Acta Diabetologica

, Volume 50, Issue 6, pp 951–957 | Cite as

Six cases with severe insulin resistance (SIR) associated with mutations of insulin receptor: Is a Bartter-like syndrome a feature of congenital SIR?

  • Valeria Grasso
  • Carlo Colombo
  • Valeria Favalli
  • Alfonso Galderisi
  • Ivana Rabbone
  • Sara Gombos
  • Enzo Bonora
  • Ornella Massa
  • Franco Meschi
  • Franco Cerutti
  • Dario Iafusco
  • Riccardo Bonfanti
  • Carla Monciotti
  • Fabrizio Barbetti
Original Article

Abstract

Biallelic insulin receptor (INSR) gene mutations cause congenital syndromes of severe insulin resistance (SIR) known as Donohue syndrome (DS) and Rabson–Mendenhall syndrome (RMS). At presentation, DS and RMS are difficult to differentiate since they share many clinical features; however, while patients with DS usually die within 1 year of birth, individuals classified as RMS can reach adult age. INSR mutations can be also found in pubertal females with hyperinsulinism, hyperandrogenism, and acanthosis nigricans (type A SIR). We studied the INSR gene in five subjects with congenital SIR and in a patient with type A SIR. Nine biallelic INSR gene mutations (eight novels, including an in-frame deletion of INSR signal peptide) were identified in patients with congenital SIR; a heterozygous, spontaneous INSR mutation was detected in the patient with type A SIR. Two probands, presenting severe hirsutism at birth, died at the age of 3 months and were classified as DS, while other 2, currently 2 and 3 years old, were diagnosed with RMS (patients 3 and 4). The fifth patient with congenital SIR died when 14 months old. Nephrocalcinosis, hyperaldosteronism, hyperreninemia, and hypokalemia, in the absence of hypertension, were discovered in patients 3 and 5 when 24 and 4 months old, respectively. Patient 3, now 3 years/3 months old, still shows hyperreninemic hyperaldosteronism requiring potassium supplementation. We conclude that renal abnormalities resembling antenatal Bartter’s syndrome type II, recently reported also by others, is a common observation in patients with congenital SIR.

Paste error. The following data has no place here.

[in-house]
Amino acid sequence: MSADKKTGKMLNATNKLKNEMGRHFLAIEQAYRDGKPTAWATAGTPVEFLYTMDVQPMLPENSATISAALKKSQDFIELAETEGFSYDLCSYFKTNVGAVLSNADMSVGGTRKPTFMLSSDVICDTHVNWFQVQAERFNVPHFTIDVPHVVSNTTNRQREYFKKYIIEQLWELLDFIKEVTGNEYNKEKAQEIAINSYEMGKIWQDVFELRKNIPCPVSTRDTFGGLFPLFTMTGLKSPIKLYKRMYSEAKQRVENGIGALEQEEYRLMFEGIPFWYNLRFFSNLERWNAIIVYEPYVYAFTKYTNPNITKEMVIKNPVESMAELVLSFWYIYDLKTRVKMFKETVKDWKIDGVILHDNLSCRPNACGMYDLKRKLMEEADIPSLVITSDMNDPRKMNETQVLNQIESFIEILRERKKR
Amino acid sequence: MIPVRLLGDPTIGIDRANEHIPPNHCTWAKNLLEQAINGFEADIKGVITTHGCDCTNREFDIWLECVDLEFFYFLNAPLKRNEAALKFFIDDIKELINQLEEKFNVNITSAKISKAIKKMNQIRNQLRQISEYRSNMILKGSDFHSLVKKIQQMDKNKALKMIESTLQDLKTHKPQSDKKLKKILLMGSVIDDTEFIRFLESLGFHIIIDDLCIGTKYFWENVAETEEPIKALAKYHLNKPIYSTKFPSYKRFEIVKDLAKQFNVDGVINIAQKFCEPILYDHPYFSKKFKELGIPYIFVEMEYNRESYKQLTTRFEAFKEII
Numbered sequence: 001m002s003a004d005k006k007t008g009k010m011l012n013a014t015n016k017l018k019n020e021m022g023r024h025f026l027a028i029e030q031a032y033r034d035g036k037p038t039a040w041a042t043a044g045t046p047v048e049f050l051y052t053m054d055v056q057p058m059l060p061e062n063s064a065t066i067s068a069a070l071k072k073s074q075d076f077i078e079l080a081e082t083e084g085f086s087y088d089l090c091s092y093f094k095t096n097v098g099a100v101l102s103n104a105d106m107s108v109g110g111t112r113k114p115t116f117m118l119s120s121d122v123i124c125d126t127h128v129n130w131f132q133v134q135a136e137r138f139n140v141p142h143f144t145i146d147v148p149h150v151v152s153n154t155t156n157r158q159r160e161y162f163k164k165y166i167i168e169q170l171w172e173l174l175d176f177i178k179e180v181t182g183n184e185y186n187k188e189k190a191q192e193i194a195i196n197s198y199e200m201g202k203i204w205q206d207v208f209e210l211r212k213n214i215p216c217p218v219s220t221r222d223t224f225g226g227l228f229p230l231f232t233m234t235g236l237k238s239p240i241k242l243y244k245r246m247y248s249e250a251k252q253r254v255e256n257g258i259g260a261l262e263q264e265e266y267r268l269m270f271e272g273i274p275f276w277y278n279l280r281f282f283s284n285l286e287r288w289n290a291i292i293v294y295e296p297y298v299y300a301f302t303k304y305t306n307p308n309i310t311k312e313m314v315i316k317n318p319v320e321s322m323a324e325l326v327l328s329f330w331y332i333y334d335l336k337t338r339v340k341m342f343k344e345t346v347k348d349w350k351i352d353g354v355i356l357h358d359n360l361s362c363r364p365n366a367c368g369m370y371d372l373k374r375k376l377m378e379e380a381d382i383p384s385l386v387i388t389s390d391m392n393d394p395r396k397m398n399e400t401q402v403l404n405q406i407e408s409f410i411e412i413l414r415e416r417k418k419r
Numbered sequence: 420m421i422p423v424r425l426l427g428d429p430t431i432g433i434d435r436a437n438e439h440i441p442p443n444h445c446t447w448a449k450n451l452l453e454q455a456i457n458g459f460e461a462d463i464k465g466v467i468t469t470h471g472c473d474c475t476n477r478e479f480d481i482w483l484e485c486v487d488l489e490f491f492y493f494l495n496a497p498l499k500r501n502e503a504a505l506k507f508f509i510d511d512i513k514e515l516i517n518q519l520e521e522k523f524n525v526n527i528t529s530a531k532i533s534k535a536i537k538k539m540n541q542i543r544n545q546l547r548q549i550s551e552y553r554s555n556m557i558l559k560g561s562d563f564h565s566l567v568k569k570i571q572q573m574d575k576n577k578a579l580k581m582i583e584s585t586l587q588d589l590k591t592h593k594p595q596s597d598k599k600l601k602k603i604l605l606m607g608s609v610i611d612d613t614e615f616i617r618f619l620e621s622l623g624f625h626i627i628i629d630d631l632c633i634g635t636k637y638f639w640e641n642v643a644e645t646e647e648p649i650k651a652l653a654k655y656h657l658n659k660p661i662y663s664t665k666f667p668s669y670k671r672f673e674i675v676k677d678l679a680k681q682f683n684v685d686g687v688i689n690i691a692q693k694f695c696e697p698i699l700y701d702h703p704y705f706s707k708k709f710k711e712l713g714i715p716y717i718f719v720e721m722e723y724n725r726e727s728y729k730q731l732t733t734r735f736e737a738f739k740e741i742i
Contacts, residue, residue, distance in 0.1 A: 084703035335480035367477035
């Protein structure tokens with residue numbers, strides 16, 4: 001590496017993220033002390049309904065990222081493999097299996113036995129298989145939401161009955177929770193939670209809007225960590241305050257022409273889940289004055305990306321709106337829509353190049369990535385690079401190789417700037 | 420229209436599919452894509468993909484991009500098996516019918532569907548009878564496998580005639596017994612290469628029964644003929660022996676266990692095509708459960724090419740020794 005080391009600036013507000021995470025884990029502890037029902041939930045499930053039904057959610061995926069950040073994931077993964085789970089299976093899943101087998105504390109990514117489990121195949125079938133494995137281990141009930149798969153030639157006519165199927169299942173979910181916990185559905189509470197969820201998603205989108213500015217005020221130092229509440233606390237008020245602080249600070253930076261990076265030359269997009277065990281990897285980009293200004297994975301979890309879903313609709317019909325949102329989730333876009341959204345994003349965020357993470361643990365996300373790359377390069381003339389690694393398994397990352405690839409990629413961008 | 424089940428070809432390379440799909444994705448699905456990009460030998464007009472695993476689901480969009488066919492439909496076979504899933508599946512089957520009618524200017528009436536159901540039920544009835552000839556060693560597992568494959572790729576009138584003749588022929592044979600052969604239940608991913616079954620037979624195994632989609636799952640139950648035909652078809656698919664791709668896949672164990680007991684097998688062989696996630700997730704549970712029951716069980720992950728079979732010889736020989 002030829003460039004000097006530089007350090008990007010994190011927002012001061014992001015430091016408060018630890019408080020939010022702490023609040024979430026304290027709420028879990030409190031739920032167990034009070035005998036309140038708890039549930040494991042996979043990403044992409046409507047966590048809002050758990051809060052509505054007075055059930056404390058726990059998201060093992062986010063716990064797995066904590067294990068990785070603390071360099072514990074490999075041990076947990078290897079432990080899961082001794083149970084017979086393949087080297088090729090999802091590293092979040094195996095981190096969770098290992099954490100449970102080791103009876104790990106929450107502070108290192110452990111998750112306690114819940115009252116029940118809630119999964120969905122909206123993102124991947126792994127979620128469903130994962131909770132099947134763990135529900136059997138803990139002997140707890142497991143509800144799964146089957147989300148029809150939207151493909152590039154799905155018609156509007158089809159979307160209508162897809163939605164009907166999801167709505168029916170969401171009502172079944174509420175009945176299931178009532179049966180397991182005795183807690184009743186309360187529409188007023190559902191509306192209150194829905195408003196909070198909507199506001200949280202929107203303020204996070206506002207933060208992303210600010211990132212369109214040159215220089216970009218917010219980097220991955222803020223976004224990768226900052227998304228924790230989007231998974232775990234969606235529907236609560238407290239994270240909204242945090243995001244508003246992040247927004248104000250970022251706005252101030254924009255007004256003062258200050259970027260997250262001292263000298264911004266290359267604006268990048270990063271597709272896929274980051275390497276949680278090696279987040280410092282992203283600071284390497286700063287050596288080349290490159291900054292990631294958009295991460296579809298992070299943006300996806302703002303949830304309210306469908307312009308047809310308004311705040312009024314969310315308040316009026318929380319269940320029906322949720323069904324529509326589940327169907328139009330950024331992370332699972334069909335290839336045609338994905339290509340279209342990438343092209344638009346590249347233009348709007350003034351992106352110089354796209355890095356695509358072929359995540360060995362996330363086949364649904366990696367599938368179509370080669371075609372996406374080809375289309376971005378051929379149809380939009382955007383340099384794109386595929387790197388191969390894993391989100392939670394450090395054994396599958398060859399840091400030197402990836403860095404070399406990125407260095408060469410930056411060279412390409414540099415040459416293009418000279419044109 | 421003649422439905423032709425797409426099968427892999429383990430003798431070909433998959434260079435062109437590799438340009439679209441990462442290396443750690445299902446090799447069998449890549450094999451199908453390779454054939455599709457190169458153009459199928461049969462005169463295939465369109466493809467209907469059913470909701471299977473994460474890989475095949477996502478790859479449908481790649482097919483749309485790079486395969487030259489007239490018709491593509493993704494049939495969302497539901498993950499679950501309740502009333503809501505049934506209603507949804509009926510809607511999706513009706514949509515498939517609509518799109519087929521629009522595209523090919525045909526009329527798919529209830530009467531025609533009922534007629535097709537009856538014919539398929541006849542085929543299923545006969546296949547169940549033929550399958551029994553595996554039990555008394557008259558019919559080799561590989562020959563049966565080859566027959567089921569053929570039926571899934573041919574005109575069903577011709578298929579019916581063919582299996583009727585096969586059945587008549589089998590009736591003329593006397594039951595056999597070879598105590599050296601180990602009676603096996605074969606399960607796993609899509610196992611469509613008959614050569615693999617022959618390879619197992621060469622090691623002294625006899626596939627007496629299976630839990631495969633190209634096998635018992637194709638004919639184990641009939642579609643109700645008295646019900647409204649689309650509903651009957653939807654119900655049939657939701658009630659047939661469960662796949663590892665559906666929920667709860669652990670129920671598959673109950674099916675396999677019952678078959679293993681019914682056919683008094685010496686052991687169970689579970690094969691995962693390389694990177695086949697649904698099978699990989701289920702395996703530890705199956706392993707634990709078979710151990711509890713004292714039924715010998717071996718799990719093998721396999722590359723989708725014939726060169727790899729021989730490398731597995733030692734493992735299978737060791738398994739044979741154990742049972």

Keywords

Extreme insulin resistance Insulin receptor Mutation Bartter’s syndrome 

Notes

Acknowledgments

We thank the patients’ parents and relatives who participated in this study.

Conflict of interest

None.

Supplementary material

592_2013_490_MOESM1_ESM.xls (24 kb)
Supplementary material 1 (XLS 24 kb)

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Copyright information

© Springer-Verlag Italia 2013

Authors and Affiliations

  • Valeria Grasso
    • 1
  • Carlo Colombo
    • 2
  • Valeria Favalli
    • 3
  • Alfonso Galderisi
    • 4
  • Ivana Rabbone
    • 5
  • Sara Gombos
    • 6
  • Enzo Bonora
    • 7
  • Ornella Massa
    • 1
  • Franco Meschi
    • 3
  • Franco Cerutti
    • 5
  • Dario Iafusco
    • 8
  • Riccardo Bonfanti
    • 3
  • Carla Monciotti
    • 4
  • Fabrizio Barbetti
    • 1
    • 2
  1. 1.Laboratory of Mendelian DiabetesBambino Gesù Childrens’ HospitalRomeItaly
  2. 2.Department of Experimental Medicine and SurgeryUniversity of Tor VergataRomeItaly
  3. 3.Diabetes Unit, Pediatric ClinicH S Raffaele Scientific InstituteMilanItaly
  4. 4.Department of Women and Children’s HealthUniversity of PaduaPaduaItaly
  5. 5.Department of PediatricsUniversity of TurinTurinItaly
  6. 6.Neonatology and Neonatal Intensive Care Unit, Department of EmergencySantobono Pausillipon HospitalNaplesItaly
  7. 7.Division of Endocrinology, Diabetes and Metabolic DiseasesUniversity and Hospital Trust of VeronaVeronaItaly
  8. 8.Department of PediatricsSecond University of NaplesNaplesItaly

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